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A TALE OF TWO CITIES: The Power of Love
Transcript of A TALE OF TWO CITIES: The Power of Love
The conviction one holds when driven by love cannot be matched by the inspiration of any other emotion.
A TALE OF TWO CITIES
"For you, and for any dear to you, I would do anything." (147)
Here Carton is speaking to Lucie of the love he holds for her. More of a confession than a request for response, his monologue ends in a plead for her discretion, as well as the promise that for her (and anyone she loves) Carton would make any sacrifice. This is a foreshadowing of Sydney's action to come, concerning Lucie and someone indeed dear to her (Charles). Through this action Carton reveals himself as more than just a lousy drunk. He proves his true commitment in his love for Lucie.
"Defarge, that sister of the mortally wounded boy upon the ground was my sister, that husband was my sister's husband, that unborn child was their child, that brother was my brother, that father was my father, those dead are my dead, and that summons to answer for those things descends to me!" (330)
In this scene Madame Defarge defiantly scolds her husband for questioning her choices, as she explains that her thirst for the death of the Evremondes is due to the misdeeds committed to her family by a few under that name. Though dark and twisted, Madame Defarge was driven by love as much as Lucie and Sydney were. The loss of her kin turned her feeling for them into an angry, wrathful and deadly weapon. The desire for revenge burnt solely on the thought that the death of her loved ones would not go unsung; her family would not die in vain.
The Power of love in... TWILIGHT
(I'm truely sorry this movie was used as an example.)
1. A love like Charles and Lucie
2. A love like Madame Defarge's
1. In the first clip, Edward must suck Bella's blood to rid her body of a venom that will change her to a vampire. The only problem? Bella's blood is extra yummy to Edward, and the likelihood of him ceasing to feast once the poison is gone isn't very strong. Driven by his infatuation with Bella as a breathing girl rather then a withered skin, Edward finds the will power to resist the deliciousness. It reminds me of Sydney's unyielding love for Lucie. Both of these men would stop at nothing to keep their girls safe, even if sometimes the emotional distress the women face is collateral damage.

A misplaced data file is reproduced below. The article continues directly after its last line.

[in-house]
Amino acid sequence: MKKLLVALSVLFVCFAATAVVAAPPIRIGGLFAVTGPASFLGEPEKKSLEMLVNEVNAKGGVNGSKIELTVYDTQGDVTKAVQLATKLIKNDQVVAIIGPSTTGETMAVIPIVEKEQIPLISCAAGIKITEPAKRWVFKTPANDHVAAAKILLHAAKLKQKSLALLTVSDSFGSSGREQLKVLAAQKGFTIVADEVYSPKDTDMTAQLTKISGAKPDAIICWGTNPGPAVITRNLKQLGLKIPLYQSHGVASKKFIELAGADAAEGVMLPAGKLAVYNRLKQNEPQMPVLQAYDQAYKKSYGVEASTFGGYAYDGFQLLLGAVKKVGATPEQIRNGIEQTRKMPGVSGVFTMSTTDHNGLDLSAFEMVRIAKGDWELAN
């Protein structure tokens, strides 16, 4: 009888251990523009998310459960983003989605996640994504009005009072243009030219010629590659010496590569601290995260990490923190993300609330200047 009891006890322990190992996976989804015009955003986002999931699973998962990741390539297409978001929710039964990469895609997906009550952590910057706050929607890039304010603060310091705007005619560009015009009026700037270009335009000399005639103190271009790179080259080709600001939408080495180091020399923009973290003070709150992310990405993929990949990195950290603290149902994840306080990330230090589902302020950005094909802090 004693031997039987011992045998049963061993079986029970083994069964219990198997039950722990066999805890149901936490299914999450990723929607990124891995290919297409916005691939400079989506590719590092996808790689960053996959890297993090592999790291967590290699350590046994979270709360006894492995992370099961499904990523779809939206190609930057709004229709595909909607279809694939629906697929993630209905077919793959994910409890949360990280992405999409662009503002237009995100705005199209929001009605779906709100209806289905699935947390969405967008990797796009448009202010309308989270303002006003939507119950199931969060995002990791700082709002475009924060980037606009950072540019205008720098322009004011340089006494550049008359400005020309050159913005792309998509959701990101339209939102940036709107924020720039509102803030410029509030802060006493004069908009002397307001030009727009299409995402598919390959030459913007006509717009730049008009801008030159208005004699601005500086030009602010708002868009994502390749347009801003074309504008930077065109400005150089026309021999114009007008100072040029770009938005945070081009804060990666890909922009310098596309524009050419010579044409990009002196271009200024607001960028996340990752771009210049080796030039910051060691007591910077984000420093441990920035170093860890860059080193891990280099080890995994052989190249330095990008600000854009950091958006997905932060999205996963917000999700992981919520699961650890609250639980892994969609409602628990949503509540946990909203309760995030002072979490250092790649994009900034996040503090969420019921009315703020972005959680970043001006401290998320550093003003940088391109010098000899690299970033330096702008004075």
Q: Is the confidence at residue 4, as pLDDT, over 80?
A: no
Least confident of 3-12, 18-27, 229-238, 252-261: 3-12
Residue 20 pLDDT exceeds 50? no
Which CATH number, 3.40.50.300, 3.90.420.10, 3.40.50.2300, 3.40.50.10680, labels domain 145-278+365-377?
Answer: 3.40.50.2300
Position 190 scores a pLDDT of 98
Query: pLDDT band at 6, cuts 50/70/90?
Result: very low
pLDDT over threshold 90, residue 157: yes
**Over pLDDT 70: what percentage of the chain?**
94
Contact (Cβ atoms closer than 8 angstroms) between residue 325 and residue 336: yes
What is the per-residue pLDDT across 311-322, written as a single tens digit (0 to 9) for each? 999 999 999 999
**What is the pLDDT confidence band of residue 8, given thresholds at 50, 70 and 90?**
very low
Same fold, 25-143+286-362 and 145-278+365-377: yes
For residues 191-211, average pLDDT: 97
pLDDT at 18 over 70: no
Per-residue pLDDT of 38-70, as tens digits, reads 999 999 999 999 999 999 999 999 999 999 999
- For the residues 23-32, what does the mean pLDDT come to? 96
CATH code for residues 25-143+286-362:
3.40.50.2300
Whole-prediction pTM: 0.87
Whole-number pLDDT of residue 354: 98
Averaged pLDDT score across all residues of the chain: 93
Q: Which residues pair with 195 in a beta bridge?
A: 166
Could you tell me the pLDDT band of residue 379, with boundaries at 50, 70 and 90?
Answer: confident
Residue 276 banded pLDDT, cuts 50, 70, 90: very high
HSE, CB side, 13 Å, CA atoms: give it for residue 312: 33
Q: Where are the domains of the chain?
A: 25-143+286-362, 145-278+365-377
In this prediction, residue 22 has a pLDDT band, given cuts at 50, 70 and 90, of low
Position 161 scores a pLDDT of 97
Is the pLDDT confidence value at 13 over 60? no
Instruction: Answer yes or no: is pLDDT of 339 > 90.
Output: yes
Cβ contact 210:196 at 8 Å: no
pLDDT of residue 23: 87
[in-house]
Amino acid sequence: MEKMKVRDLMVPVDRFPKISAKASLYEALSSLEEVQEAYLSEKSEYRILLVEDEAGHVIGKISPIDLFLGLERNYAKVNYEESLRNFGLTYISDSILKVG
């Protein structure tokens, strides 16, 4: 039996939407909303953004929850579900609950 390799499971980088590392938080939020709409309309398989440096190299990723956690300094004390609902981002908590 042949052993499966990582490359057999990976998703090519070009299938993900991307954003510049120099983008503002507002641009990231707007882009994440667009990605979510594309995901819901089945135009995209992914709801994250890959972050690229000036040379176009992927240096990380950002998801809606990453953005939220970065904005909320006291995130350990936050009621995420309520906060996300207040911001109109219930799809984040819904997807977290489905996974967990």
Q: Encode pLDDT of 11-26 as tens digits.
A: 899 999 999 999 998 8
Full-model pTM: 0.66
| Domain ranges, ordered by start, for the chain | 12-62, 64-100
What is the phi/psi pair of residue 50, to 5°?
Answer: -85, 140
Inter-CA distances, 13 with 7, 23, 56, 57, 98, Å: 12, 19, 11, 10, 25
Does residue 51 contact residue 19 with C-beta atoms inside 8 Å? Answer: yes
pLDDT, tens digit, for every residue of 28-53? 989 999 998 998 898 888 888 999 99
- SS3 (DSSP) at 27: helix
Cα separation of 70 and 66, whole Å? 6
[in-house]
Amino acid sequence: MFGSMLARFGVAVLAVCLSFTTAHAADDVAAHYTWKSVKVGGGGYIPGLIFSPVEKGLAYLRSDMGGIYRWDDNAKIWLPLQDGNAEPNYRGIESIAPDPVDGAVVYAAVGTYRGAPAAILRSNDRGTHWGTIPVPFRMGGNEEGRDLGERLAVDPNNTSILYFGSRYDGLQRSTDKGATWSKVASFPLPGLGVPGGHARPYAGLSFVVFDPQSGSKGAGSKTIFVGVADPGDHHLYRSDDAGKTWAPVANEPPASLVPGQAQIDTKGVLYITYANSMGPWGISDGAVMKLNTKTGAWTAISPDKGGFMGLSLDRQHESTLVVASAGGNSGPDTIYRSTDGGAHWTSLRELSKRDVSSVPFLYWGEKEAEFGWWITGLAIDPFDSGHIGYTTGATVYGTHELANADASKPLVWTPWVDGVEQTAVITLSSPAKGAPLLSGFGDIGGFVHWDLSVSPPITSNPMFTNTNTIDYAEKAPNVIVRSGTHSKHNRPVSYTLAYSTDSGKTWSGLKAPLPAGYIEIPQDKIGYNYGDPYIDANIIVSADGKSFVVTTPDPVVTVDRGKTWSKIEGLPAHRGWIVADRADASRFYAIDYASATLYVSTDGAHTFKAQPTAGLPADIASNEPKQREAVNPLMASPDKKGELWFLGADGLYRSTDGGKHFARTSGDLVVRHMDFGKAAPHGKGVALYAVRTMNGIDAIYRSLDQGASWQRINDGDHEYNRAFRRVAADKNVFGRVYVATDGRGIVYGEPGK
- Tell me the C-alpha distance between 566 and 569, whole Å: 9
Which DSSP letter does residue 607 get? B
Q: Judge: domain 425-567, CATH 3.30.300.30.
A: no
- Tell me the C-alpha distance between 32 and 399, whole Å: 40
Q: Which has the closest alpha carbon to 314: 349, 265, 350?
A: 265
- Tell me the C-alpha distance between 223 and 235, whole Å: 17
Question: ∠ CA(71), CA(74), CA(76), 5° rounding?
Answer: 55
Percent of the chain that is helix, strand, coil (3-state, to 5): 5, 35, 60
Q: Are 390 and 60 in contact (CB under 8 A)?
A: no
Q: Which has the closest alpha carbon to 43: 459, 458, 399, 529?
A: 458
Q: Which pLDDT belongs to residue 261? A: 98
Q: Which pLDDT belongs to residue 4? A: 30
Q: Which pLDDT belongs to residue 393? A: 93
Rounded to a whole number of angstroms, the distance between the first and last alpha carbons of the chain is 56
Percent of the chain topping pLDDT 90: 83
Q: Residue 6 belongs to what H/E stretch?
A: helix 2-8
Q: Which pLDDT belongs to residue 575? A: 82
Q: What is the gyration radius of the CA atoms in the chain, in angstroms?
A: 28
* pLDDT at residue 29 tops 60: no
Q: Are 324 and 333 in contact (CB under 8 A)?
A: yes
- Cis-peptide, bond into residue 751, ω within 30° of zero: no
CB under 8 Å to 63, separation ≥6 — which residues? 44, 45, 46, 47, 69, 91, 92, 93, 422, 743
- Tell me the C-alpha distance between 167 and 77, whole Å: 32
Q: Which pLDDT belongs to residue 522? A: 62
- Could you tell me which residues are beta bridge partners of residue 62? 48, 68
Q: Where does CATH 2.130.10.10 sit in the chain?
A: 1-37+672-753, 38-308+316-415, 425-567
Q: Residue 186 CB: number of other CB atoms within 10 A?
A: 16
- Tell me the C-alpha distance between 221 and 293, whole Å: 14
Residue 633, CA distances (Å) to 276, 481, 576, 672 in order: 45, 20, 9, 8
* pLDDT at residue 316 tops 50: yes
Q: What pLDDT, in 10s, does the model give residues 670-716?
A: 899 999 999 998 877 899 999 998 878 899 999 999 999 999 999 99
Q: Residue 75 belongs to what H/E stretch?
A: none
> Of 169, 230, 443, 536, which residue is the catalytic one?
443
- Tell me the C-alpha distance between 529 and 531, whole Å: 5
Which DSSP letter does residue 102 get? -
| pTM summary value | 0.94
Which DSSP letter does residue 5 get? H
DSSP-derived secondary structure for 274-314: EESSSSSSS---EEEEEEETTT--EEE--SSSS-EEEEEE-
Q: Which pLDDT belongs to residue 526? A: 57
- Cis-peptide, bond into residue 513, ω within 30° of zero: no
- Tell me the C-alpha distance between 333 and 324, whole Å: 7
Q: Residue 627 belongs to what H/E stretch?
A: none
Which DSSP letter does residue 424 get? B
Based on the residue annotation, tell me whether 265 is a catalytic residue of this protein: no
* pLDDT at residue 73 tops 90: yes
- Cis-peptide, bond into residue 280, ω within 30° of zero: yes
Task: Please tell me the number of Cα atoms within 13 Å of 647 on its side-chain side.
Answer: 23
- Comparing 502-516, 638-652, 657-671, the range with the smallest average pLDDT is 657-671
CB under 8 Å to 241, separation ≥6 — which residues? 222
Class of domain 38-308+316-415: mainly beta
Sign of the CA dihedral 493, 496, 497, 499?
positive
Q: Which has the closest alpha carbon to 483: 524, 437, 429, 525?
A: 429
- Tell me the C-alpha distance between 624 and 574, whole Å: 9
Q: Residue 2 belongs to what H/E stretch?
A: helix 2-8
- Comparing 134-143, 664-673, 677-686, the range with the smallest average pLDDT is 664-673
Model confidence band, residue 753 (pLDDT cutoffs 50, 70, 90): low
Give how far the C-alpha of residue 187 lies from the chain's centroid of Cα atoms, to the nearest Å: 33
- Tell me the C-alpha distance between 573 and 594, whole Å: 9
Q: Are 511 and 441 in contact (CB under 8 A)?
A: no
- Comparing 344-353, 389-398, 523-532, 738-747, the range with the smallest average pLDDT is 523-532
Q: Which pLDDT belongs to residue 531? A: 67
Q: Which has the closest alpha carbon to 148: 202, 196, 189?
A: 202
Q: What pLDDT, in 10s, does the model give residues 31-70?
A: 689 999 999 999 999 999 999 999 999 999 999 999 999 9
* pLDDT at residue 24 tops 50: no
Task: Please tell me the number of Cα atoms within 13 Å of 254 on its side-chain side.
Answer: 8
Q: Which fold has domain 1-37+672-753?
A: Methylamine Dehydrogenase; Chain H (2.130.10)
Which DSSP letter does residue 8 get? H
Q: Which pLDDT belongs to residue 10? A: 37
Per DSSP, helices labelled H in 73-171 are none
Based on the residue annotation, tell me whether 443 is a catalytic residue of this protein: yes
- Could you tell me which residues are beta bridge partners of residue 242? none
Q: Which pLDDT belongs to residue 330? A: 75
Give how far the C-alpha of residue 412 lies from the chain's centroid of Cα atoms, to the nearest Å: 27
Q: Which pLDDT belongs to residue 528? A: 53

2. In the second clip, Victoria is seeking revenge for the death of her loved one James. As means of retribution, she is attacking Bella (so that Edward, the one who killed James, might suffer the same pain she did). It reminds me of Madame Defarge's thirst for revenge that was seemingly unable to be quenched. Both lost loved ones, and because of it sought to make those found as enemies suffer a similar situation of grief.
3. Victoria's love for James has driven her to create an entire, vampire army to take on the much more practiced (and intelligent) Cullen family. She fakes a love for her newborns, though in reality her only real desire is revenge; that her James may not of died in vain.
"As the concentrating expression returned to his forehead, he seemed to become conscious that it was in hers too. He turned her full to the light, and looked at her." (43)